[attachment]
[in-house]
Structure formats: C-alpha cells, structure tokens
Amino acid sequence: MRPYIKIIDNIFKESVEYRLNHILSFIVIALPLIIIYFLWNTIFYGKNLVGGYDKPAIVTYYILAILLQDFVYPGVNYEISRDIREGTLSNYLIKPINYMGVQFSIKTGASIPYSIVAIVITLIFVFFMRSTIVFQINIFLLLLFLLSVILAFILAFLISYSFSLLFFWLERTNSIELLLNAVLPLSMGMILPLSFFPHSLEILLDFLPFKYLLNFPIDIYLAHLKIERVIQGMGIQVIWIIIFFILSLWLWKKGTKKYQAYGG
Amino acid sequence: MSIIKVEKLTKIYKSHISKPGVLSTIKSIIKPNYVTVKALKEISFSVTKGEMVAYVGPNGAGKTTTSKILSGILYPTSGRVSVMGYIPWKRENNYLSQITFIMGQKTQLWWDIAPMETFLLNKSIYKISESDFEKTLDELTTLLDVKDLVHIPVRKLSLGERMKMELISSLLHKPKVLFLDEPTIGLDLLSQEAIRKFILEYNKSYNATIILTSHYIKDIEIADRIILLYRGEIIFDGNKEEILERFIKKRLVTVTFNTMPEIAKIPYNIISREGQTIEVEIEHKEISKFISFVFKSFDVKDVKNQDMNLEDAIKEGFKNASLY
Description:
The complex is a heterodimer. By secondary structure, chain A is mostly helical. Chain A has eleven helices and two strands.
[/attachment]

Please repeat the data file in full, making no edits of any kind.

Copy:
[in-house]
Structure formats: C-alpha cells, structure tokens
Amino acid sequence: MRPYIKIIDNIFKESVEYRLNHILSFIVIALPLIIIYFLWNTIFYGKNLVGGYDKPAIVTYYILAILLQDFVYPGVNYEISRDIREGTLSNYLIKPINYMGVQFSIKTGASIPYSIVAIVITLIFVFFMRSTIVFQINIFLLLLFLLSVILAFILAFLISYSFSLLFFWLERTNSIELLLNAVLPLSMGMILPLSFFPHSLEILLDFLPFKYLLNFPIDIYLAHLKIERVIQGMGIQVIWIIIFFILSLWLWKKGTKKYQAYGG
Amino acid sequence: MSIIKVEKLTKIYKSHISKPGVLSTIKSIIKPNYVTVKALKEISFSVTKGEMVAYVGPNGAGKTTTSKILSGILYPTSGRVSVMGYIPWKRENNYLSQITFIMGQKTQLWWDIAPMETFLLNKSIYKISESDFEKTLDELTTLLDVKDLVHIPVRKLSLGERMKMELISSLLHKPKVLFLDEPTIGLDLLSQEAIRKFILEYNKSYNATIILTSHYIKDIEIADRIILLYRGEIIFDGNKEEILERFIKKRLVTVTFNTMPEIAKIPYNIISREGQTIEVEIEHKEISKFISFVFKSFDVKDVKNQDMNLEDAIKEGFKNASLY
Description:
The complex is a heterodimer. By secondary structure, chain A is mostly helical. Chain A has eleven helices and two strands.